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Thursday, September 8, 2011

Help! Iím so frustrated with this Behavior!!!!

It be in this situation really stinks BUT (you heard this coming right) it’s a learning point.  I can see the eye roll and I truly understand it – the dog isn’t doing what I need him/her to do and I’ve tried everything.  I 100% agree!  It’s time to stepback and revaluate this situation. 

 

Keep an Open Mind

Dogs have personalities and learning styles just like humans.  What “language” are you and your dog speaking?  It’s it that you say “sit” and your pet hears – “cool, I’ve got Dad’s attention and on one else is here  wwwwhhhoooo play time”.  If so this could be a chunk of the problem. 

Are you asking the dog to perform a task that’s above their ability?  We worked on sit and come last night and did great tonight no luck!  This may mean that they need practice-it’ s like roller skating it needs practice. 

Evaluate you-honestly.  This is the hard part and where frustration really shows.  What signals are you sending?  Dogs are great at reading body language – this is their main form of communication within their dog world.  How are you feeling about this training session?  How do you feel about the dog (honestly)?  This honest answer is the body language your pet is seeing and potentially responding to.  Think of it this way- your walking down the street and see the one person in the world that makes you heart flutter and eyes glow the result is your body language changes to engage this person is conversation.  Look  at it the other way your walking down the street and you pass the one person in the world that you can’t stand your body tenses I n response your pulse changes and your posture shifts.  Dogs  get sence that your mind is somewhere else not on the “sit” command you just gave-result is no sit.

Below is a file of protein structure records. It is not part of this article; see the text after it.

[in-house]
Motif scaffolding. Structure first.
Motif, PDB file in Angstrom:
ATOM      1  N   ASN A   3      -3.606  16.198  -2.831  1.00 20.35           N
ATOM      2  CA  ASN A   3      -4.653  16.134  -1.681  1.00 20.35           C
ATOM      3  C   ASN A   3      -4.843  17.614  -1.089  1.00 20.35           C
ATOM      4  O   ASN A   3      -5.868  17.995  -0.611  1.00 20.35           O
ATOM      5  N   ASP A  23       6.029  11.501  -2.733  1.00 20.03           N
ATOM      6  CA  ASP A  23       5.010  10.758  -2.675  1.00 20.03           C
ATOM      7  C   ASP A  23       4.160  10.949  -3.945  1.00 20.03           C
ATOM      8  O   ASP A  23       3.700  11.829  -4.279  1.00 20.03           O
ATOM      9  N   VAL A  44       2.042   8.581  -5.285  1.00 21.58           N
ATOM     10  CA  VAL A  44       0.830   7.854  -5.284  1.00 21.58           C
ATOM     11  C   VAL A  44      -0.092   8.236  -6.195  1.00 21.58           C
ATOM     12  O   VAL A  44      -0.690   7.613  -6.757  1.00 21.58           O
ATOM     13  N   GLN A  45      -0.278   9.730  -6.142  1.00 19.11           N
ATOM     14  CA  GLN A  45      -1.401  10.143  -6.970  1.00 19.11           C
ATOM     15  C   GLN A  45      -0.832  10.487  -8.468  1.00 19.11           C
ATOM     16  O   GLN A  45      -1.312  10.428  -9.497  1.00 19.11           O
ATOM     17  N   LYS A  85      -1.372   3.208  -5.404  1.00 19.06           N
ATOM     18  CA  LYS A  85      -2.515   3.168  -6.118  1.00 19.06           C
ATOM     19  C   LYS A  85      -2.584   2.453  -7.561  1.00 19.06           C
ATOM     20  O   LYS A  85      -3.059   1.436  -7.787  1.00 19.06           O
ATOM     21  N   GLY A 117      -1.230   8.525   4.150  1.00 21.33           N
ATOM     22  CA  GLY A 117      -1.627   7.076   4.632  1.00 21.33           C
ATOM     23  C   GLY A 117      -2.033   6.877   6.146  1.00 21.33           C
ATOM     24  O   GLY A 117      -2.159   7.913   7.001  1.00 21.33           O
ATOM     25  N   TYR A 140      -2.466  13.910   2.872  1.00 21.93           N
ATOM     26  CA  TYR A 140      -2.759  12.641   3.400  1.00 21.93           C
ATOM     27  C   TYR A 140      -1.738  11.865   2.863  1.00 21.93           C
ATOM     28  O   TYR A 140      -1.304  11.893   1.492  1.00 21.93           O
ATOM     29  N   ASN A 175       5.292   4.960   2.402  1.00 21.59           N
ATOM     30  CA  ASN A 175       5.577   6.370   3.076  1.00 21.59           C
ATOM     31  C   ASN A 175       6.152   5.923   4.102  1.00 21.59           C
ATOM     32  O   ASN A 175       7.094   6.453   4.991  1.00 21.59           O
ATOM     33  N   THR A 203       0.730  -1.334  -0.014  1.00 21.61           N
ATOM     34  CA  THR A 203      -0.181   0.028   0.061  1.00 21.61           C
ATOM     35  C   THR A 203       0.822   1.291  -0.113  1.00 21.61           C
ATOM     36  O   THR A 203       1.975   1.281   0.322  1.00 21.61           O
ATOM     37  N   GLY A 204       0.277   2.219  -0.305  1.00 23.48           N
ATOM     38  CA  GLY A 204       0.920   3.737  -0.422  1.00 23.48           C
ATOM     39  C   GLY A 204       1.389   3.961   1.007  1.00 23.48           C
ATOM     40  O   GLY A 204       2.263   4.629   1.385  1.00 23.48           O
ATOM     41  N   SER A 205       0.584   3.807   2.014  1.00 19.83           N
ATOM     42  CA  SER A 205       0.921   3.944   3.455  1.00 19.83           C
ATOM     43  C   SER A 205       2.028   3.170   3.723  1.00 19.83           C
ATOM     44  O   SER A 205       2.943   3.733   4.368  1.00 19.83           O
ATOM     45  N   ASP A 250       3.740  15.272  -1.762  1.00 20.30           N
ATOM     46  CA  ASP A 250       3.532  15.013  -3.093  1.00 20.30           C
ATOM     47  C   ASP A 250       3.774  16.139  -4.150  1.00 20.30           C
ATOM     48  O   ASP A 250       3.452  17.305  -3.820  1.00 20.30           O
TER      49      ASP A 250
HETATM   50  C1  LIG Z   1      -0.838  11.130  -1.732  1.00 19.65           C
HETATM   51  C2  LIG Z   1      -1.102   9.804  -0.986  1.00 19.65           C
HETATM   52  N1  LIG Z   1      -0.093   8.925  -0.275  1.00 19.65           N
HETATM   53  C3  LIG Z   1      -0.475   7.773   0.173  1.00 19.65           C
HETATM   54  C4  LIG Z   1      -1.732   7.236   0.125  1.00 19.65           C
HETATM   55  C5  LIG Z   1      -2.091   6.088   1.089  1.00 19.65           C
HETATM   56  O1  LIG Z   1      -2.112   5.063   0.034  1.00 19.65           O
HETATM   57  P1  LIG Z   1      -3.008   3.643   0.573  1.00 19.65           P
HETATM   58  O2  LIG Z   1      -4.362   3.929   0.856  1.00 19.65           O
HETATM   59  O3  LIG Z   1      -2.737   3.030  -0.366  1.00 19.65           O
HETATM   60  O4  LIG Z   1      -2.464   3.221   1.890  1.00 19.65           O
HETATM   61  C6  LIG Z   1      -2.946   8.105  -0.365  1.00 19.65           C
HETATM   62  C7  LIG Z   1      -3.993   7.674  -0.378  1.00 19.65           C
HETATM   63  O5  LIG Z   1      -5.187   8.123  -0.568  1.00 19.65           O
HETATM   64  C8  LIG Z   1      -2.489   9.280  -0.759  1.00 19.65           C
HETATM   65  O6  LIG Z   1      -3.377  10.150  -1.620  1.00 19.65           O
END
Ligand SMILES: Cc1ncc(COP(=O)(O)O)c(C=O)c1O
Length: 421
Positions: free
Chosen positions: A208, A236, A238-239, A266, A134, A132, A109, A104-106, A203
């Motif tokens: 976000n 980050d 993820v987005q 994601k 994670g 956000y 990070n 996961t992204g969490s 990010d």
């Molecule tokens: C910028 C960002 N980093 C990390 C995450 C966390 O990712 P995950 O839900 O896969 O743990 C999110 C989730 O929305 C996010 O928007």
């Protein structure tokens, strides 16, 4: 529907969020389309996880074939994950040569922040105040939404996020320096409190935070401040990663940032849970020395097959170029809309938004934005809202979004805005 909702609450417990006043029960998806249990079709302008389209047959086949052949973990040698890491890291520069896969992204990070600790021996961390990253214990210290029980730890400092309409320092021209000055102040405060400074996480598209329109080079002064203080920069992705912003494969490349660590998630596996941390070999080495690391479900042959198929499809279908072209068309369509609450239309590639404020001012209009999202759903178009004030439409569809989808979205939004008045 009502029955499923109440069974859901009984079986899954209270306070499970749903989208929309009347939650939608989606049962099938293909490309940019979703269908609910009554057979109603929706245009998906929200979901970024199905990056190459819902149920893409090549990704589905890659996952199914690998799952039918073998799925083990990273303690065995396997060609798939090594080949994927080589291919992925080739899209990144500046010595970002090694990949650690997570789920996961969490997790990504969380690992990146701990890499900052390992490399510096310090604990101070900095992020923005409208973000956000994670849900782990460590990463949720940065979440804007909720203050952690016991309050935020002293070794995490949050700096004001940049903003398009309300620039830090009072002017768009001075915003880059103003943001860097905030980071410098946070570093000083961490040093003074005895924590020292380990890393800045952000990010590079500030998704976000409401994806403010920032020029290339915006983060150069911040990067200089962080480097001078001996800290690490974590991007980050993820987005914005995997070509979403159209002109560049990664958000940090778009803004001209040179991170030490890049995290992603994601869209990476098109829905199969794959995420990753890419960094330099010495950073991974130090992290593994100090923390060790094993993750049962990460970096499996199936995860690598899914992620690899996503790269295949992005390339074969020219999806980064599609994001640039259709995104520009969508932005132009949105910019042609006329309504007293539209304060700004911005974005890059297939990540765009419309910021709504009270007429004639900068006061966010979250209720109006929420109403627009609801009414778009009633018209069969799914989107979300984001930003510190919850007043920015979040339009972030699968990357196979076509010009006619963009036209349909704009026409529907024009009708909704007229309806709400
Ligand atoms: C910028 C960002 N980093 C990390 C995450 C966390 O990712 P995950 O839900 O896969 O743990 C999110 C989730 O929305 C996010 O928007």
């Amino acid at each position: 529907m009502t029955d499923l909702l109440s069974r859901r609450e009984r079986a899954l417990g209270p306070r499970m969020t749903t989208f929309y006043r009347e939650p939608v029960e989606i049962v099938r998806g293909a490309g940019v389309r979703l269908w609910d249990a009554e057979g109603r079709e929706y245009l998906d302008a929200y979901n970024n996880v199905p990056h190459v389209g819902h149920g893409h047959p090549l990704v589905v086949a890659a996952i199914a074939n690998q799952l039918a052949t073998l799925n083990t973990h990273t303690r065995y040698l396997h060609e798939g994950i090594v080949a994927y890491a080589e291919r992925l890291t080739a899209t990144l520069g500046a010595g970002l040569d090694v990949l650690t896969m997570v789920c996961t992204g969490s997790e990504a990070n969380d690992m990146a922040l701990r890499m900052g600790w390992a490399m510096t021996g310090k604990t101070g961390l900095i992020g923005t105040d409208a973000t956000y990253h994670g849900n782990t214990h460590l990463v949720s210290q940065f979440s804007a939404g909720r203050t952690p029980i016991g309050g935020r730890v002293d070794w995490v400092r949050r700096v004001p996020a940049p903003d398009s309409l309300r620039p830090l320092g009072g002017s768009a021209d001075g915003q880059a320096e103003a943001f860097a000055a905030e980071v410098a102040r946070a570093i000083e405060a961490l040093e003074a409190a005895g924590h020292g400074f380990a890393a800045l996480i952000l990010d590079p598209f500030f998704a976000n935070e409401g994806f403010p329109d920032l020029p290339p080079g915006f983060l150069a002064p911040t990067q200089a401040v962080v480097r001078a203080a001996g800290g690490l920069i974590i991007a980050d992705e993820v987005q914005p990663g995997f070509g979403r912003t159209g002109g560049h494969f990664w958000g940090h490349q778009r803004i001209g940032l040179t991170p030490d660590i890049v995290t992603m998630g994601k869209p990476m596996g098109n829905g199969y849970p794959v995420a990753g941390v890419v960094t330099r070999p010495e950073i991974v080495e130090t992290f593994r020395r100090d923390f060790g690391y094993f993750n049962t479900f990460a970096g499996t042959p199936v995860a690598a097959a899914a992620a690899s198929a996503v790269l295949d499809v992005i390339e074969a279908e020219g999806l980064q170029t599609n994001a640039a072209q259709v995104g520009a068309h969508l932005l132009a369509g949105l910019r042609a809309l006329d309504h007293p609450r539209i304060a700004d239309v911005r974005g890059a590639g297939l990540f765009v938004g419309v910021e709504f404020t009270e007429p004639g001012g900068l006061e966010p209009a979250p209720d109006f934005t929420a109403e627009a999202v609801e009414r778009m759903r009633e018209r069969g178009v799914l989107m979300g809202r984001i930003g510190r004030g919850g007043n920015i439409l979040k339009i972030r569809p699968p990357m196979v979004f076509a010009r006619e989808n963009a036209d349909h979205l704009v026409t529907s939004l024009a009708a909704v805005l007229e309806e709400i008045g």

Time and Place Are you practicing at the wrong times?  Your pet needs to work out their greeting and energy before you begin work.  Both of you need a warm-up time.  Signals that put you and your pet into work mode.  Are you both in the frame of mind to practice?  Do you need to walk first (ie burn energy) do you need a snack for energy and attention?  Do you need to change your location?  Once the dog is trained and a pro at items your practicing these items won’t matter as much- right now they do.

Rewards Are you providing the right reward to motivate the pet?  Food may not always be the answer ( see last week).

Praise Are you using it where it gets the biggest impact? How’s the tone of your voice? Are the associate touches praise?

One theme here is you and your messages from command to frame of mind.  I hear this response all the time –“but the dog has the job to do”  and there is the AH HA moment!  Your asking for the job to be done you’re the supervisor you have a job too.

 
7:41 am edt          Comments


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